Anyway despite having watched him perform a lot I had never seen a solo performance from Sebastian before. This one, designed to celebrate the success of his solo album Dazwischen was as good as I expected, beautifully balanced, completely improvised but with a strong sense of structure throughout. There were quiet, brooding moments where only gentle electronic murmurs could be heard, and loud hammered notes that would reach their digitally extended peak before blooming into swathes of dissonant sound. There was something almost symphonic about the performance, calm moments of understated beauty suddenly shifting into grand expressive statements and the inevitable recapitulations that followed. Regular readers will know my feelings on Sebastian Lexer’s music by now and this was just another gem of a concert. Not much more to say.

Lexer opened the evening’s events, and was followed by a solo performance by Harrison Smith. Eddie Prevost’s introduction to his set playfully lambasted anyone that did not know Smith’s music, and well, I must admit this was the first time I had head him play, either in person or on disc, despite his forty or so years making music. I have to say that when he just ambled out in front of the audience and began to just play he was amazing. he began with a bass clarinet, and just blew his way through an affecting, free improv workout that just seemed to stream out from him effortlessly. It wouldn’t be unfair to say his sound comes from the older school of improv, but aesthetics aside his music dripped in power and passion and was thoroughly moving, partly because of the almost offhand way he went about presenting it.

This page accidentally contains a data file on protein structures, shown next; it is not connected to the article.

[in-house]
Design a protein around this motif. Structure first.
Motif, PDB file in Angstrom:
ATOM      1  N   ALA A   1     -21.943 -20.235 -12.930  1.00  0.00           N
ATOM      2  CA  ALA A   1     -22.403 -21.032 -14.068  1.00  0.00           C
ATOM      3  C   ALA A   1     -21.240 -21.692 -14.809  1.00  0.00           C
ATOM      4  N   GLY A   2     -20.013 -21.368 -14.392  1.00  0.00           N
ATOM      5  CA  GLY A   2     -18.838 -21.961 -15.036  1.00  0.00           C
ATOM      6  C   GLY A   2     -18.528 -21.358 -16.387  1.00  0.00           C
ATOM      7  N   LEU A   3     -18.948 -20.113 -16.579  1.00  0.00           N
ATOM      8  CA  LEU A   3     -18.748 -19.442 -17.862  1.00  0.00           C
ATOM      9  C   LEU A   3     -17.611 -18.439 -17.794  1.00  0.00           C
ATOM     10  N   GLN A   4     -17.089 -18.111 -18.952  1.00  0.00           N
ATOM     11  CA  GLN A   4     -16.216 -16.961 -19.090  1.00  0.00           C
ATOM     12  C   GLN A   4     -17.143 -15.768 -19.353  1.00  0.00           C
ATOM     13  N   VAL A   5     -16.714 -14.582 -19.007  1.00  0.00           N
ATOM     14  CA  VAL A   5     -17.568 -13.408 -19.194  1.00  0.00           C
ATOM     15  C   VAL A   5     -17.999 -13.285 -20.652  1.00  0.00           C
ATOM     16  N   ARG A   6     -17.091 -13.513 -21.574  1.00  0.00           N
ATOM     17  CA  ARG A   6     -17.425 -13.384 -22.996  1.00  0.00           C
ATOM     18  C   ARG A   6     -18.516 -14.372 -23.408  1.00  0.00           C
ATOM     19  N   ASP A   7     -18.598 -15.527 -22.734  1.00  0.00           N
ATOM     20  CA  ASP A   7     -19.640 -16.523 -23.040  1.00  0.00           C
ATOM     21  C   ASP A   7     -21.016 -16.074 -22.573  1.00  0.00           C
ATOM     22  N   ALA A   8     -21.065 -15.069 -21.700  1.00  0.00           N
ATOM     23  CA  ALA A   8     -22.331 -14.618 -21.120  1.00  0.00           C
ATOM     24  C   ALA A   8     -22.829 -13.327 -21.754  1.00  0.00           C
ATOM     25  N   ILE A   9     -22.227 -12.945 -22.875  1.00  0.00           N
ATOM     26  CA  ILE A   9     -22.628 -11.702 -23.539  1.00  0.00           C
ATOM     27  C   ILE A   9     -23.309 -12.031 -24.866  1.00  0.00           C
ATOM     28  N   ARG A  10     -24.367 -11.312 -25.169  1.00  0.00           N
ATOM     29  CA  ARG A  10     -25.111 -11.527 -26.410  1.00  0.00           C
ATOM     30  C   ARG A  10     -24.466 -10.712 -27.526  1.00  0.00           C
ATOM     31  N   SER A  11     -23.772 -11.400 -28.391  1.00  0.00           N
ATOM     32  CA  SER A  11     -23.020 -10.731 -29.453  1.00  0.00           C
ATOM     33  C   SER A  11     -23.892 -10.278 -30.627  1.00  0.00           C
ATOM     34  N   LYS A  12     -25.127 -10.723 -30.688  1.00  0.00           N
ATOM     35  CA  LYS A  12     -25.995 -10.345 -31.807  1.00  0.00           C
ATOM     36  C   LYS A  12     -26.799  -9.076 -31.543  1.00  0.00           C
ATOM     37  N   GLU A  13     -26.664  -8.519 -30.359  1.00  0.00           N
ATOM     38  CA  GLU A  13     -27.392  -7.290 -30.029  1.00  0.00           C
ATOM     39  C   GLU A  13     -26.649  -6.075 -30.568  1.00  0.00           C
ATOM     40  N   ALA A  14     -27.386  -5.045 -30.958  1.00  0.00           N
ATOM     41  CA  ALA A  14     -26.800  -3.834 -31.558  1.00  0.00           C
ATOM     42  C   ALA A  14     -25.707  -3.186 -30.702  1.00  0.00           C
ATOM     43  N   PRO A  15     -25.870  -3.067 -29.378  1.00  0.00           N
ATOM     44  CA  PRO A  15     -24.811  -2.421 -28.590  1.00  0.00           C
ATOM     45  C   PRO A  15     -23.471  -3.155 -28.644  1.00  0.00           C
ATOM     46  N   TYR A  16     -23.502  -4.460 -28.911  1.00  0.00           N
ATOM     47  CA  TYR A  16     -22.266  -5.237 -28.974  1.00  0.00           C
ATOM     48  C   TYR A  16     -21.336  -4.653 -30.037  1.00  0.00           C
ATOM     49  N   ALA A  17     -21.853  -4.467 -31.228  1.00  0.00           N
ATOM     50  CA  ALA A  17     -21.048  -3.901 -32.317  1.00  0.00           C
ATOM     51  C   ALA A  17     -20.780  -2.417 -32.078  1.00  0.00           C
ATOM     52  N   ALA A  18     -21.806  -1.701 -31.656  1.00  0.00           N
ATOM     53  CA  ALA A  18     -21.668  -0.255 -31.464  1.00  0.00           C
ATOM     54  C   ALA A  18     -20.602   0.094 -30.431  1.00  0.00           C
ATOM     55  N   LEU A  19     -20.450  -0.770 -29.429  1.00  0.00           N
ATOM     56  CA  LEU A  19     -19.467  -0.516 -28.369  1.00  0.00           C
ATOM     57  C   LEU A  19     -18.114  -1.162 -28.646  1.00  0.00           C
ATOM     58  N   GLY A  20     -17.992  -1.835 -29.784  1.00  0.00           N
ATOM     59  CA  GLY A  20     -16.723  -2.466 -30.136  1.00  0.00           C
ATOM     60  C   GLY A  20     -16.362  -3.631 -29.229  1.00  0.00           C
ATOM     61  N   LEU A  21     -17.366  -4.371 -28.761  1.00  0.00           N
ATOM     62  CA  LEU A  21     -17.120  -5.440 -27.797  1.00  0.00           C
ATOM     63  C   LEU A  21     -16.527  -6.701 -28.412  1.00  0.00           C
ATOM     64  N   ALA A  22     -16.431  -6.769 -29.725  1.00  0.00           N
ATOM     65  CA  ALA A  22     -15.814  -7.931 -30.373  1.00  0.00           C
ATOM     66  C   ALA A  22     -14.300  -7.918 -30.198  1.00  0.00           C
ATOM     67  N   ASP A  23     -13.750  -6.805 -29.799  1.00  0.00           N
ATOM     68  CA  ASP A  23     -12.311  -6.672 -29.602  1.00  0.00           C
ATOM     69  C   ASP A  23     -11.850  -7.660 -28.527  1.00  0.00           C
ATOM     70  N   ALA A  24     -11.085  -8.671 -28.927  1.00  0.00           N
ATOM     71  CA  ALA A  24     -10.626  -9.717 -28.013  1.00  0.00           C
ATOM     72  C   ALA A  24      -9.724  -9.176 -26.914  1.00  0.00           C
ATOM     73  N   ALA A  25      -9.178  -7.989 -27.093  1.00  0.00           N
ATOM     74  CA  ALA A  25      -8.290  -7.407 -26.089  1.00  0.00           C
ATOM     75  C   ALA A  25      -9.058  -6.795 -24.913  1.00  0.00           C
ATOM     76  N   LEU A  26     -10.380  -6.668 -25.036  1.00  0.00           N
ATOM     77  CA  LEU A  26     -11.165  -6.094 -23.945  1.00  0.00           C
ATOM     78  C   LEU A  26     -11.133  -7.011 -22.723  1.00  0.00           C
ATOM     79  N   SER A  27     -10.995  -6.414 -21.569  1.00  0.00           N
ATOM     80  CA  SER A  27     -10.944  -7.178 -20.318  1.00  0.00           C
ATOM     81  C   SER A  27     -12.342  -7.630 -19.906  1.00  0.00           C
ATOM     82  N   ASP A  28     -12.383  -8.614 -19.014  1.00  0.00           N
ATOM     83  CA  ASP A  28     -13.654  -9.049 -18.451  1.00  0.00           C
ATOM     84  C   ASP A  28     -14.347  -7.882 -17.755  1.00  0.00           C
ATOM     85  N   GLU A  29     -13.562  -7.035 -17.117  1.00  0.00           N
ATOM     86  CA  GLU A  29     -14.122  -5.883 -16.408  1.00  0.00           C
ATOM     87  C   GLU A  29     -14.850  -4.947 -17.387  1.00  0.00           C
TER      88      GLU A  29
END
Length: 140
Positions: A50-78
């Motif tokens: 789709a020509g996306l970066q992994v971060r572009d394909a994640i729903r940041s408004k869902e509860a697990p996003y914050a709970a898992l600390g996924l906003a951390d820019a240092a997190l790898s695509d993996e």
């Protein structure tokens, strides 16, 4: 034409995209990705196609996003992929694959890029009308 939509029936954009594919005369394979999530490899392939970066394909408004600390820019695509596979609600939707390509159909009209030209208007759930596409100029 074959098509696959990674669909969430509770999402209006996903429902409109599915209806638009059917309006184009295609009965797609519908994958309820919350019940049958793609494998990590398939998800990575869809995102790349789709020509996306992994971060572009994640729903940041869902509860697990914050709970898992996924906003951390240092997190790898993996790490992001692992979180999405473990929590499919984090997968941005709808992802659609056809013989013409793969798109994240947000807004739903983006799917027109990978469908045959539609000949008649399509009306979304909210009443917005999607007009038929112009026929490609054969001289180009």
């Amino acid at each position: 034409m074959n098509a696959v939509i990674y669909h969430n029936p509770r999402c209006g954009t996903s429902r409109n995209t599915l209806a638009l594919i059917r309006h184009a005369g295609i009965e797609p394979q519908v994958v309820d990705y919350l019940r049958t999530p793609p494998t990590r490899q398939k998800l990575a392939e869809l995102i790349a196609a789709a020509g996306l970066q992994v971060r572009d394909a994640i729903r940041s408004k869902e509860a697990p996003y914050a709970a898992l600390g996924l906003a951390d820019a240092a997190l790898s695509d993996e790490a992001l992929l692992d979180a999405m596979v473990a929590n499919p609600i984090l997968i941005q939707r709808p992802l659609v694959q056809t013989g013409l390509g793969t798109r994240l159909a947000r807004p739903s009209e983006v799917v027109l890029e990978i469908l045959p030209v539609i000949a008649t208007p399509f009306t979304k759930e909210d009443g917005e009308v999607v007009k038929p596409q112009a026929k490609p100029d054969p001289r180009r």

He then switched to saxophone and just picked up where he left off, bursting straight into it, until after aminute or so he decided the strap holding up the sax needed adjusting, stopped playing, asked us to “‘ang on a minute” then instantaneously ripped straight back into the music as if nothing had happened. I was really taken with the sheer strength of his musicianship and the expressive qualities of his playing that clearly came direct from the heart. Smith appears on a new CD containing an old recording of himslef alongside Prevost, Tony Moore and the late Paul Rutherford just out on Matchless. Not something I would usually go in search of, but I think I might having heard this performance.